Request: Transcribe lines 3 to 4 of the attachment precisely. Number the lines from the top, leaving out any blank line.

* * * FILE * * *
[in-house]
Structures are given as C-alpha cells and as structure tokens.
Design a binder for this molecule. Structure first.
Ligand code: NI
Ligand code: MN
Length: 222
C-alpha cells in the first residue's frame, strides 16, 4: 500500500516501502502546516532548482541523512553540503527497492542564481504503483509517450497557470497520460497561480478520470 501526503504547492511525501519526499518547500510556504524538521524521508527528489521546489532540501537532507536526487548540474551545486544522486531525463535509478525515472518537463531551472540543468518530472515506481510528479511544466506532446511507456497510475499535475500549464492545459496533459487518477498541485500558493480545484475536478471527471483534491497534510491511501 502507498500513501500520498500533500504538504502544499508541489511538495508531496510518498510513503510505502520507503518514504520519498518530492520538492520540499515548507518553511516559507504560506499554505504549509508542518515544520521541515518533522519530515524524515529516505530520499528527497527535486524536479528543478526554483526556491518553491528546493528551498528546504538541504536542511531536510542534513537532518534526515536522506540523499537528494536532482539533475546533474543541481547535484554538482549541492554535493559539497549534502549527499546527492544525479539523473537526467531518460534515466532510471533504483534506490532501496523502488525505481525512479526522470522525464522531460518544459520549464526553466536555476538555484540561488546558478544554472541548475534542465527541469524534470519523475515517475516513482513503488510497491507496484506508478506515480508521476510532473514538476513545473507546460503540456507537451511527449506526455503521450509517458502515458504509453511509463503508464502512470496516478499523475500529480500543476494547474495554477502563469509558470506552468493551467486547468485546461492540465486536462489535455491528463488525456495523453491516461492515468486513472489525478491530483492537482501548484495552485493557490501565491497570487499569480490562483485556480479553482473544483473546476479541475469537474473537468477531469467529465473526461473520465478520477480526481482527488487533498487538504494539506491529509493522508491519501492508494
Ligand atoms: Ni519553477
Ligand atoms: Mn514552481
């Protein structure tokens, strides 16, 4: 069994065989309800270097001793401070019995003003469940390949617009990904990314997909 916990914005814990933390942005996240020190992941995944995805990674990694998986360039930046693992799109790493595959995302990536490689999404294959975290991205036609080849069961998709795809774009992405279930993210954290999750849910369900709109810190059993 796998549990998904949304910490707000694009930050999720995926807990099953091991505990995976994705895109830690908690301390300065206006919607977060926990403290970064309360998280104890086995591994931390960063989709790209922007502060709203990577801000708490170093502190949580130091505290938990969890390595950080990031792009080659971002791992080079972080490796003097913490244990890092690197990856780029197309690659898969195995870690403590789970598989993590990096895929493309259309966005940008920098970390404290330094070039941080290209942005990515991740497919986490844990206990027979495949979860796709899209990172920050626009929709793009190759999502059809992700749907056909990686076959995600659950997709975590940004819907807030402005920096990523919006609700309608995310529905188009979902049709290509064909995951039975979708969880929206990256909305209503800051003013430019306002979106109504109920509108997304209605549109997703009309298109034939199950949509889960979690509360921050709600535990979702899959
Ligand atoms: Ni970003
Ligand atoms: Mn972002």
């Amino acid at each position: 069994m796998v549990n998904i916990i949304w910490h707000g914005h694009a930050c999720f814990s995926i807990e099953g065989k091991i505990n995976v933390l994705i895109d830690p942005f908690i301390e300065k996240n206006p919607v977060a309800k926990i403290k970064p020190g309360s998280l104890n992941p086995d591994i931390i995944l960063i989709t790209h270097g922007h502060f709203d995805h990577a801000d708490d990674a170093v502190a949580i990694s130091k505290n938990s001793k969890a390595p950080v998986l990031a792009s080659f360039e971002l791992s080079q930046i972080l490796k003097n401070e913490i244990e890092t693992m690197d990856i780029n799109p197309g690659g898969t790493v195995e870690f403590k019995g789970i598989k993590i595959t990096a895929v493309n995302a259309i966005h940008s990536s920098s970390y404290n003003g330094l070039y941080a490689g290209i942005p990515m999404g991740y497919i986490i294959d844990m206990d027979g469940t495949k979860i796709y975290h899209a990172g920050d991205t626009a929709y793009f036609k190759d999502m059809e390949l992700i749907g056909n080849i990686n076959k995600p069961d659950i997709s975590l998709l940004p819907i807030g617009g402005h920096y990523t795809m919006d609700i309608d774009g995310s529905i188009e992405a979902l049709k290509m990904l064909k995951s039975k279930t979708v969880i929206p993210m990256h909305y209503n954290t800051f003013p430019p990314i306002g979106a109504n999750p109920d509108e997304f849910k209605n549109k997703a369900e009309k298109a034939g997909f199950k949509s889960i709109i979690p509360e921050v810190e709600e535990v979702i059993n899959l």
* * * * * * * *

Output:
Design a binder for this molecule. Structure first.
Ligand code: NI